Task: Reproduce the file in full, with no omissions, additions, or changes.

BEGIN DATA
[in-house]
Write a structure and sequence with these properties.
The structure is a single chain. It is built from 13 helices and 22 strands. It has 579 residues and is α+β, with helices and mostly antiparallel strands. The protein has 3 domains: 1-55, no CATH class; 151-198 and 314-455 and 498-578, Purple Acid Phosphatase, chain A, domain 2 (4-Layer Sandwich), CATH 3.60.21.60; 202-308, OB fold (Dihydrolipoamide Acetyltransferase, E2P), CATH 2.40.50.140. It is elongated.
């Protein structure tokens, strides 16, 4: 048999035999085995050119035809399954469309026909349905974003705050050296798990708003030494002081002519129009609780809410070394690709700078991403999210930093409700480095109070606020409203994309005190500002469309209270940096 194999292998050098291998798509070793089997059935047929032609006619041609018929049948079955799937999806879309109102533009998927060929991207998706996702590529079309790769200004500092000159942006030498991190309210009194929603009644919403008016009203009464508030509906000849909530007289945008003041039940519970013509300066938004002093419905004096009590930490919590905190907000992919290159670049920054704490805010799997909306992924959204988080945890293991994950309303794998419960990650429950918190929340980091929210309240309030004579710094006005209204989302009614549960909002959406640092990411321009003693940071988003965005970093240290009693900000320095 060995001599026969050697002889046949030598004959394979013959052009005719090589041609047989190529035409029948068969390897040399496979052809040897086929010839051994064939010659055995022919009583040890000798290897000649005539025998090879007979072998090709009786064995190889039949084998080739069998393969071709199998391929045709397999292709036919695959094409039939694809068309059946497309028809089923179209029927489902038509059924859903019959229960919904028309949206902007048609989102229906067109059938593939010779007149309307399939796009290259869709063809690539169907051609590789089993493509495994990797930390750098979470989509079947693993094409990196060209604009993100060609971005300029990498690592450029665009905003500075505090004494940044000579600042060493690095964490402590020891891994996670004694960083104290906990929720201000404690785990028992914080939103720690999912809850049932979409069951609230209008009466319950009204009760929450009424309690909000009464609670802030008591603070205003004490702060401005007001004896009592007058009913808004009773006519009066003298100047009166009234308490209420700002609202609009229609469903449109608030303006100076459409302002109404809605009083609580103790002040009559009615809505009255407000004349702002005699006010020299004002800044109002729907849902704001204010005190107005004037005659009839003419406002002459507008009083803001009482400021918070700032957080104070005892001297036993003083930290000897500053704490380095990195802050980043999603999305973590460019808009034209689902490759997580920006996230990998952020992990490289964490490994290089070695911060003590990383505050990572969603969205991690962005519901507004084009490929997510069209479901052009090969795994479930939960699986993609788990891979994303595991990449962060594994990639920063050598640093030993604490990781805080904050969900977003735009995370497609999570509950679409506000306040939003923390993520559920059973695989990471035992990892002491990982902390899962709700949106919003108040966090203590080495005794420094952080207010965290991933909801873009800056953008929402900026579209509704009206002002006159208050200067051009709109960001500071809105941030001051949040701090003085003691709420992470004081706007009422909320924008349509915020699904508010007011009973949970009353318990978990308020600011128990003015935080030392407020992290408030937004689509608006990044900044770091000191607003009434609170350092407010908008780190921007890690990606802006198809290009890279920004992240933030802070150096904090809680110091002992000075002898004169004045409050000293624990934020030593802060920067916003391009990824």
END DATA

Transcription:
[in-house]
Write a structure and sequence with these properties.
The structure is a single chain. It is built from 13 helices and 22 strands. It has 579 residues and is α+β, with helices and mostly antiparallel strands. The protein has 3 domains: 1-55, no CATH class; 151-198 and 314-455 and 498-578, Purple Acid Phosphatase, chain A, domain 2 (4-Layer Sandwich), CATH 3.60.21.60; 202-308, OB fold (Dihydrolipoamide Acetyltransferase, E2P), CATH 2.40.50.140. It is elongated.
């Protein structure tokens, strides 16, 4: 048999035999085995050119035809399954469309026909349905974003705050050296798990708003030494002081002519129009609780809410070394690709700078991403999210930093409700480095109070606020409203994309005190500002469309209270940096 194999292998050098291998798509070793089997059935047929032609006619041609018929049948079955799937999806879309109102533009998927060929991207998706996702590529079309790769200004500092000159942006030498991190309210009194929603009644919403008016009203009464508030509906000849909530007289945008003041039940519970013509300066938004002093419905004096009590930490919590905190907000992919290159670049920054704490805010799997909306992924959204988080945890293991994950309303794998419960990650429950918190929340980091929210309240309030004579710094006005209204989302009614549960909002959406640092990411321009003693940071988003965005970093240290009693900000320095 060995001599026969050697002889046949030598004959394979013959052009005719090589041609047989190529035409029948068969390897040399496979052809040897086929010839051994064939010659055995022919009583040890000798290897000649005539025998090879007979072998090709009786064995190889039949084998080739069998393969071709199998391929045709397999292709036919695959094409039939694809068309059946497309028809089923179209029927489902038509059924859903019959229960919904028309949206902007048609989102229906067109059938593939010779007149309307399939796009290259869709063809690539169907051609590789089993493509495994990797930390750098979470989509079947693993094409990196060209604009993100060609971005300029990498690592450029665009905003500075505090004494940044000579600042060493690095964490402590020891891994996670004694960083104290906990929720201000404690785990028992914080939103720690999912809850049932979409069951609230209008009466319950009204009760929450009424309690909000009464609670802030008591603070205003004490702060401005007001004896009592007058009913808004009773006519009066003298100047009166009234308490209420700002609202609009229609469903449109608030303006100076459409302002109404809605009083609580103790002040009559009615809505009255407000004349702002005699006010020299004002800044109002729907849902704001204010005190107005004037005659009839003419406002002459507008009083803001009482400021918070700032957080104070005892001297036993003083930290000897500053704490380095990195802050980043999603999305973590460019808009034209689902490759997580920006996230990998952020992990490289964490490994290089070695911060003590990383505050990572969603969205991690962005519901507004084009490929997510069209479901052009090969795994479930939960699986993609788990891979994303595991990449962060594994990639920063050598640093030993604490990781805080904050969900977003735009995370497609999570509950679409506000306040939003923390993520559920059973695989990471035992990892002491990982902390899962709700949106919003108040966090203590080495005794420094952080207010965290991933909801873009800056953008929402900026579209509704009206002002006159208050200067051009709109960001500071809105941030001051949040701090003085003691709420992470004081706007009422909320924008349509915020699904508010007011009973949970009353318990978990308020600011128990003015935080030392407020992290408030937004689509608006990044900044770091000191607003009434609170350092407010908008780190921007890690990606802006198809290009890279920004992240933030802070150096904090809680110091002992000075002898004169004045409050000293624990934020030593802060920067916003391009990824």